The constant gardener: Author Elizabeth Gilbert returns to Asheville with a work of period fiction

GROWING PAINS: “I’m aware of what a rare treasure it is to not have to go to a publisher and defend the idea of writing a 500-page novel about a spinster who studies moss,” says Elizabeth Gilbert, author of best-selling memoir Eat, Pray, Love. Her new novel is her first work of fiction in more than a decade.

The Signature of All Things, the most recent book by Elizabeth Gilbert, begins in the 1700s and sweeps through much of the 19th century. Spanning Europe, Tahiti and pre-Civil War Pennsylvania, it frames several generations of the Whittaker family in the context of botanical exploration. But the ambitious novel, now out in paperback, had an unexceptional genesis.

“I had recently moved to a small town in New Jersey and bought an old house with a big lawn. Almost by instinct, I started a garden,” says Gilbert, best-known for her 2006 chronicle, Eat, Pray, Love. Even though she’d never had a garden before, the author says she found herself fascinated by the plants’ origins. “I didn’t just want to grow them: I wanted to know about them. I found myself running background checks. My lilacs were from Turkey, the wisteria came from China; there was a huge story of human travel and commerce behind every plant in the garden.”

Inspired, Gilbert launched three years of research. “It was like watching the slowest Polaroid ever,” she says. Instead of writing a nonfiction book along those lines, however, Gilbert created Signature, her first work of fiction in more than a decade. Yet the extensive groundwork shows in the book’s dense passages about plant studies and the erudite passions of main character Alma Whitaker.

But unlike Gilbert’s previous protagonists (rugged naturalist Eustace Conway in The Last American Man, the sassy bartender from “The Muse of the Coyote Ugly Saloon,” a GQ feature), Alma is neither self-made nor charming. Instead, she’s intimidatingly smart and far from beautiful: “Large-boned, heavy-jawed” with “trouble puzzling out how to arrange her clothing.”

“I’m aware of what a rare treasure it is to not have to go to a publisher and defend the idea of writing a 500-page novel about a spinster who studies moss,” says Gilbert, who attributes that luxury to her best-selling memoir. “If the good fortune that Eat, Pray, Love provided me didn’t give me the chance to take risks, then what’s the point of it? In a way, to write something so different from Eat, Pray, Love is a celebration of what Eat, Pray, Love gave me.”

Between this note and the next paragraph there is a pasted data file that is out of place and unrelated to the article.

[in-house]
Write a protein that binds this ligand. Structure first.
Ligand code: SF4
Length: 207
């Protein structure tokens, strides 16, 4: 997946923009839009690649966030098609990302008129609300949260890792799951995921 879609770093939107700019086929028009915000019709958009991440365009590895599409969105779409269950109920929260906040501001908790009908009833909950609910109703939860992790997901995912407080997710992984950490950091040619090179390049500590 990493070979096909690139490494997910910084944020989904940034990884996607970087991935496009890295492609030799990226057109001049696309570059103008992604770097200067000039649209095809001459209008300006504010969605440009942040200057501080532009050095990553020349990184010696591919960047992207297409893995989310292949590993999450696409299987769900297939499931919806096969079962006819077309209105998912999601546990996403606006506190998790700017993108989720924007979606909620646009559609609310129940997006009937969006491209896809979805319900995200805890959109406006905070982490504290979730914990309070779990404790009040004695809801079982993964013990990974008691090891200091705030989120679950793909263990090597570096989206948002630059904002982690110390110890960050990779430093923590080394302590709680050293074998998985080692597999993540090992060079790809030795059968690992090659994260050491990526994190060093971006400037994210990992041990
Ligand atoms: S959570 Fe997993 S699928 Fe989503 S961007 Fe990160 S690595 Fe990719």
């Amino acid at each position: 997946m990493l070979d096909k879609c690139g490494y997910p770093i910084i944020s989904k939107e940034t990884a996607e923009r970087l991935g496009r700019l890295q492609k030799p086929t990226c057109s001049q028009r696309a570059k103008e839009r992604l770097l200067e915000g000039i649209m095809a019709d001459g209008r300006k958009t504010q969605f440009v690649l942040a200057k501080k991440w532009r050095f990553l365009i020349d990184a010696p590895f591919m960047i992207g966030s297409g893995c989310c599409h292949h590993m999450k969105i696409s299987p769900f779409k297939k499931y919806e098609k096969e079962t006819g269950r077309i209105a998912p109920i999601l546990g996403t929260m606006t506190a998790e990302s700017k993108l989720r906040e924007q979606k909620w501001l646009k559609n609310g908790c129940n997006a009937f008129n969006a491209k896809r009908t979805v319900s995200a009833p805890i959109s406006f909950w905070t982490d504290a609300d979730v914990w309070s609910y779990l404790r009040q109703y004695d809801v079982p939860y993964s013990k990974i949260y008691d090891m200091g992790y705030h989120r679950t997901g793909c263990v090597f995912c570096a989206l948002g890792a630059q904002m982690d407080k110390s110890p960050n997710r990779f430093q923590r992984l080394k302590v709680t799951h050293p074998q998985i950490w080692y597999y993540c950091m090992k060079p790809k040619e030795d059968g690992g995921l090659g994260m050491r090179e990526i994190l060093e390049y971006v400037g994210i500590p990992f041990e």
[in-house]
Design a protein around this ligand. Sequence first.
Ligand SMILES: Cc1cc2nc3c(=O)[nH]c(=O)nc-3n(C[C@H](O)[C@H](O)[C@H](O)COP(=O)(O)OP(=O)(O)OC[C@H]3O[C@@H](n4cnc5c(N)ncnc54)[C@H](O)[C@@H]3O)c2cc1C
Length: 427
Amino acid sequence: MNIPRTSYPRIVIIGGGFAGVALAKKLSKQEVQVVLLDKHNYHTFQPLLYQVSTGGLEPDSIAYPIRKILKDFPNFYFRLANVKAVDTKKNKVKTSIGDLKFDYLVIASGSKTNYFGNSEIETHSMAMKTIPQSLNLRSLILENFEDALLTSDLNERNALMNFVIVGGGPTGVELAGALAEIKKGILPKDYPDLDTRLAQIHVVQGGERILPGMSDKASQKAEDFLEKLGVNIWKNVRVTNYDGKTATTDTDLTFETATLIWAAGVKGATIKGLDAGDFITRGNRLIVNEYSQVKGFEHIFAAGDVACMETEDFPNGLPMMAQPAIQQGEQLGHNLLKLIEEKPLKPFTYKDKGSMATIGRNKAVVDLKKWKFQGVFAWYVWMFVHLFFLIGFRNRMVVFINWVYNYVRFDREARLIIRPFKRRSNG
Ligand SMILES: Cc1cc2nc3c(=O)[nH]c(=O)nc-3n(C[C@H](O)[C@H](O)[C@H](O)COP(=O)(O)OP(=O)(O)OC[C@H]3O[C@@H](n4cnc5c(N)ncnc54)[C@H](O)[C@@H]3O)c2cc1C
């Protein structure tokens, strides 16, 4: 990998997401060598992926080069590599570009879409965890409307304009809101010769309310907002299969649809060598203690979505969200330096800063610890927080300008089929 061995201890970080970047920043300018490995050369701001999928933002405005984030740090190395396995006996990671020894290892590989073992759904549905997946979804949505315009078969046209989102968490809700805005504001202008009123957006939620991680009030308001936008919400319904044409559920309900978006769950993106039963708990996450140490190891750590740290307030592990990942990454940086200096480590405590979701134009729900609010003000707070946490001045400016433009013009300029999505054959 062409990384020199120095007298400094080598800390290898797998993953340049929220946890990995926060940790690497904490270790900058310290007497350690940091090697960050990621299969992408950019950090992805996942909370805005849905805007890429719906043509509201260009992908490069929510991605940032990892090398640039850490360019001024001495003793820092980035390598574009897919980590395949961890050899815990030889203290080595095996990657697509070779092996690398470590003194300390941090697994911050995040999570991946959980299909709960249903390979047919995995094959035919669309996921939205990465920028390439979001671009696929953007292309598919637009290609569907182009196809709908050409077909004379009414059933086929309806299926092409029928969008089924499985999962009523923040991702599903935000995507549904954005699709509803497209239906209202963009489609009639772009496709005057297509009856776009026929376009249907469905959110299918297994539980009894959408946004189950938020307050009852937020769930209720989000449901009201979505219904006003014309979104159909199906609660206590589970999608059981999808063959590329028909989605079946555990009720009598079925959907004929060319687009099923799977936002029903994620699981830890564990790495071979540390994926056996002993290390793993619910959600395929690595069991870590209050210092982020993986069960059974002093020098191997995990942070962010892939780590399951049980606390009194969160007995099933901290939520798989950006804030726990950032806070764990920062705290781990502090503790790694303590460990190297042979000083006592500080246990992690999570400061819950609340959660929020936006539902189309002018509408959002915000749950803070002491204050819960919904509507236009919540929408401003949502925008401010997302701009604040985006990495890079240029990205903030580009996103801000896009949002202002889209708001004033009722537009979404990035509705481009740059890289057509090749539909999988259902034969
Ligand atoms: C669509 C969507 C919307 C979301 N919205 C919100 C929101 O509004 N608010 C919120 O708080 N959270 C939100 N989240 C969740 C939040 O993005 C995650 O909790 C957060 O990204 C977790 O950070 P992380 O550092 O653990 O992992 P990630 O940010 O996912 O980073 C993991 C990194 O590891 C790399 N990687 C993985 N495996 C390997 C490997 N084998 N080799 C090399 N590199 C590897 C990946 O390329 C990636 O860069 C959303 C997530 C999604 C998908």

Alma, an only child, is born on an estate owned by her formidable father, who made his fortune importing exotic plant species. That enabled him to corner the pharmaceuticals market, then dependent on extracts from such plants as the South American cinchona tree, whose bark was used to stave off malaria. Overeducated and undersocialized, Alma leads a sheltered life interrupted by an adopted sister (the beautiful but cold Prudence), an eccentric friendship (the ditzy Retta) and a mismatched partnership (the artistic but remote Ambrose). Well into midlife, Alma makes the harrowing voyage to Polynesia to unravel mysteries both horticultural and human.

Photo by Jennifer Schatten
Photo by Jennifer Schatten

Signature does share themes with Gilbert’s previous works: a spirit of adventure and a less-than-rosy view of marriage. “If this book had a motto, it would be ‘Disappointment doesn’t kill women,’” says the author, adding, “If it did, there wouldn’t be any women left alive.”

Disappointment in marriage and in life is a traditional subject in novels about women, she says, but “I feel like it’s often misunderstood. Women have a tremendous capacity to be let down in love and relationships. … They use some superpower of alchemy to take that and become really interesting people. The women who I admire the most didn’t get as strong and wise and incredible as they are because things worked out.”

Alma echoes that perspective late in Signature, telling a contemporary of Charles Darwin: “I think I have been the most fortunate woman who ever lived. My heart has been broken, certainly, and most of my wishes did not come true. … [Yet] I have never felt the need to invent a world beyond this world, for this world has always seemed large and beautiful enough for me.”

That sentiment seems to be born of Gilbert’s own personal evolution, over the past 25 years, from fear to fascination. “I used to be overwhelmed when I was writing, and now I’m just interested. I’m even interested when I’m scared and overwhelmed,” she says. “I’ve been in it long enough to recognize those patterns. All of these things are like stations of the cross: They’re part of the process.”

Seeing her work through despite boredom, difficulty and discomfort have enabled Gilbert to complete the projects that have reaped such huge rewards, both professionally and personally. She gave a popular 2010 TED talk on the creative process, and she’ll be a featured speaker at Oprah’s The Life You Want Weekend this fall.

“The most radical statement you can make as an artist is to say that you love your work,” says Gilbert. “Believe that inspiration came to you for a reason.”

WHO Elizabeth Gilbert

WHERE Lipinsky Auditorium at UNC Asheville

WHEN Friday, June 27, at 7 p.m. Tickets ($20) include a paperback copy of the book.

About Alli Marshall
Alli Marshall is the arts section editor at Mountain Xpress. She's lived in Asheville for more than 20 years and loves live music, visual art, fiction and friendly dogs. Alli is the winner of the 2016 Thomas Wolfe Fiction Prize and the author of the novel "How to Talk to Rockstars," published by Logosophia Books. Follow me @alli_marshall

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